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Leading Illinois officials recently announced that a slew of infrastructure projects is underway in the Peoria area, which is an important hub for the manufacturing industry.
Announced Aug. 27, the projects represent a $280.1 million investment. They involve an assortment of infrastructure work, such as bridge rehabilitations, road resurfacing and intersection improvements. Construction is in various stages, with the exception of one project that will commence later this summer.
“Across the nation, highway construction and maintenance continue as essential infrastructure activities. Illinois is no different,” acting Illinois Transportation Secretary Omer Osman said. “These projects represent a significant investment in the Peoria area that will improve safety, mobility and create economic opportunity for years to come.”
The Peoria area has 10 projects underway or starting soon thanks to a $103 million investment from #RebuildIllinois, @GovPritzker's bipartisan capital program: https://t.co/mZZC1yEDOx pic.twitter.com/2CjsHgfJQn— IDOT_Illinois (@IDOT_Illinois) August 27, 2020
IDOT continues work on reconstructing the eastbound span of the McClugage Bridge, which carries U.S. Route 150 over the Illinois River. Other projects include resurfacing efforts on portions of state Routes 6 and 29 that run north of downtown Peoria. The resurfacing projects are scheduled to wrap up this fall.
One of the major ongoing projects is rehabilitating the Murray Baker Bridge, which carries Interstate 74 over the Illinois River and forms a link to downtown Peoria. Construction demands required IDOT to close the interstate at the river; traffic is being routed to I-474, which loops around the southern portion of Peoria. Work began in March and is scheduled to be completed at the end of October.
Chris Setti, CEO of the Greater Peoria Economic Development Council, noted that I-74 forms an important link to I-55, Indianapolis and the Quad Cities region, which is where eastern Iowa and northwestern Illinois meet.
“I-74 runs right through the heart of our community,” Setti told Transport Topics. “I-74 is super important. It’s a major connector for us.”
The concrete pours for the Murray Baker Bridge deck are complete! The project is anticipated to be finished by November.— IDOT District 4 (@IDOTDistrict4) August 25, 2020
Cool fact: 4,300 cubic yards of concrete were poured to complete the new bridge deck. pic.twitter.com/ZGQcXJDXRA
On a portion of I-74 west of downtown Peoria, IDOT is improving road surface, drainage, pavement markings and bridge joints. This project, which covers a portion of I-74 that runs between state Route 78 and Kickapoo, kicked off in August and is scheduled for completion in the fall of 2021. Later this summer, IDOT plans to start a project to patch and resurface I-74 between Kickapoo and I-474.
Angel Chatterton, an instructor of accountancy within the Gies College of Business at the University of Illinois at Urbana-Champaign, said the construction will benefit the Peoria area once it’s finished.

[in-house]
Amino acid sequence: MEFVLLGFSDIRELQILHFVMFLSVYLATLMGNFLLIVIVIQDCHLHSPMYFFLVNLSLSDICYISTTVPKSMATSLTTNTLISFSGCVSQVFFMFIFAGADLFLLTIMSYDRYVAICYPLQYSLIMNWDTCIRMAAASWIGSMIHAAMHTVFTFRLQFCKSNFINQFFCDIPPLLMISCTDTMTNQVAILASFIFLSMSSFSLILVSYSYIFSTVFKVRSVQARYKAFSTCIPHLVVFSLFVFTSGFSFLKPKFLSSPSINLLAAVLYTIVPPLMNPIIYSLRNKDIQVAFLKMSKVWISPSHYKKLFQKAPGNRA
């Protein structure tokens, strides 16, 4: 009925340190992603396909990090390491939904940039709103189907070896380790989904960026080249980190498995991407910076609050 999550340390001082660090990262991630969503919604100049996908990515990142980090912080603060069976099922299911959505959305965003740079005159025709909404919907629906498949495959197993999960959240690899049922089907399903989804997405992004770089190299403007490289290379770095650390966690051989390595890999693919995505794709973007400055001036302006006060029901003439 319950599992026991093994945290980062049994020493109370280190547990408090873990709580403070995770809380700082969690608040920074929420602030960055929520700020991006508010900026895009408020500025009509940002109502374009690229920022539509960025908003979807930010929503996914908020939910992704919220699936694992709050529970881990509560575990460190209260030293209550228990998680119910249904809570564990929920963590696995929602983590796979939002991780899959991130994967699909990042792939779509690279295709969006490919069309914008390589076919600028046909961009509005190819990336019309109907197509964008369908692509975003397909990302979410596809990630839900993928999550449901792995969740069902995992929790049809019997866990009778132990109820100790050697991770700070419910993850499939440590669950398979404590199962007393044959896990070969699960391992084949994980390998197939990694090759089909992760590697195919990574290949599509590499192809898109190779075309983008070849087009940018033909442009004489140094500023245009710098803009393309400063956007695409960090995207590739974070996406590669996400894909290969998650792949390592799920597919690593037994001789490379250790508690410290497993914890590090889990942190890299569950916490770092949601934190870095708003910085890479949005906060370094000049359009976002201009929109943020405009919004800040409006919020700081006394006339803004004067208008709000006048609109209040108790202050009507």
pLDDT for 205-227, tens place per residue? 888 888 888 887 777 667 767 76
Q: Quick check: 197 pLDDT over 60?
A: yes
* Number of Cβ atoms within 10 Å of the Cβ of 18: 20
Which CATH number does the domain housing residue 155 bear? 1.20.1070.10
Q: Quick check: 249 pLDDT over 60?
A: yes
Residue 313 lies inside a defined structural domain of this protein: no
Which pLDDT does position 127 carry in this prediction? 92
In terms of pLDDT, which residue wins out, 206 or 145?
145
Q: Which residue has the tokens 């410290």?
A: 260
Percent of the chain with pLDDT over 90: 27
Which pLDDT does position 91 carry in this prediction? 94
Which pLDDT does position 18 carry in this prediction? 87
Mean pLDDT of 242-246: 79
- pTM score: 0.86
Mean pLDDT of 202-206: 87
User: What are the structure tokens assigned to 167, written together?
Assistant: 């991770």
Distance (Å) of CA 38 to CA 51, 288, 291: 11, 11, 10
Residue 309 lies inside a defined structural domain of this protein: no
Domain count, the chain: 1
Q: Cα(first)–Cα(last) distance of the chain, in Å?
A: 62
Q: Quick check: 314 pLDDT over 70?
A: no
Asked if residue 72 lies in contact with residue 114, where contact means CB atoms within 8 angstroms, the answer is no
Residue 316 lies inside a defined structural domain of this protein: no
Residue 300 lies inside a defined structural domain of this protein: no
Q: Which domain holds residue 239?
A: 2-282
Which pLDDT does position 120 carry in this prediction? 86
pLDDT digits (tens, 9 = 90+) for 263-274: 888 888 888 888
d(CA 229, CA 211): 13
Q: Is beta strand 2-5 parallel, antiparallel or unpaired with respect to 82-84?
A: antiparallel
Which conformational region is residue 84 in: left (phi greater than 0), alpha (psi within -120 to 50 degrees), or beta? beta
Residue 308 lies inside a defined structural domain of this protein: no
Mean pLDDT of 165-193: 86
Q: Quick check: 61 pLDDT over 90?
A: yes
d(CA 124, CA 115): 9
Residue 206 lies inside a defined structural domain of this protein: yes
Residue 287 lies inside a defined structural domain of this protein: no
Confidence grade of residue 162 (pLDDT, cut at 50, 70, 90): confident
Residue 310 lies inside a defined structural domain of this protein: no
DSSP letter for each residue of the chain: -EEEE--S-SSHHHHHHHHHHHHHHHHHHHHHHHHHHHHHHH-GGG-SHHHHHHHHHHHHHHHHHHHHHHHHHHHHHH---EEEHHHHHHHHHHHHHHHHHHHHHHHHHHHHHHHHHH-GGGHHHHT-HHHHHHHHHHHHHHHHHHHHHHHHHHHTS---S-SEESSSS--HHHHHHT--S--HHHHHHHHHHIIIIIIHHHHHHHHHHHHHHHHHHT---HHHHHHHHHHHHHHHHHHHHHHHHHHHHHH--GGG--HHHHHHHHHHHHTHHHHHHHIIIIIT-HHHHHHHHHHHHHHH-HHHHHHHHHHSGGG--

“I think it’ll direct traffic down to that area,” Chatterton told TT. “Hopefully, corona will settle down and it’ll drive traffic into that part of our downtown revitalized area. I think we’ll see more of an economic upturn.”
Funding for the projects was made possible through Rebuild Illinois, a $45 billion infrastructure improvement initiative approved in 2019 that is meant to fund transportation projects, create jobs and spur economic growth.
Industry — and associated freight movement — in Peoria largely is tied to manufacturing. Setti identified Caterpillar Inc. and Komatsu Ltd. as two of the biggest manufacturers in the city, producing bulldozers and large mining trucks, respectively.
“The bread and butter of this region has always been heavy machinery,” Setti said. “Between the two of them, that’s where a lion’s share of a lot of that freight is being [transported] either inbound or outbound from here.”
Smaller corporations in Peoria include Maui Jim, a sunglasses manufacturer, and Bump Boxes Inc., a subscription service that sends monthly boxes of supplies to expectant parents.
Further afield, Setti noted the large presence of logistics centers in Morton, which is 10 miles east of Peoria. In the Bloomington-Normal area, some 35 miles east of Peoria, automotive technology company Rivian Automotive Inc. is preparing to produce electric trucks.
“All of this investment in our region is going to help build the bones of economic development [that] are super important for the future of our region and the companies that are here,” Setti said. “Having all of the infrastructure improved now is going to be very helpful for growth in the companies that we have here in Peoria, [and] also ones that are nearby.”
Agriculture also is represented in some of the freight hauled in the Peoria area. Setti said key goods include corn, soybeans and Libby’s pumpkin products (the canning plant is in Morton).
“The farmers through here add a lot of traffic when they try to take their grain to market,” Chatterton said, “whether they’re going downstream on the Illinois River to hit the Mississippi or if they’re going over to Iowa to hit the Mississippi directly.”
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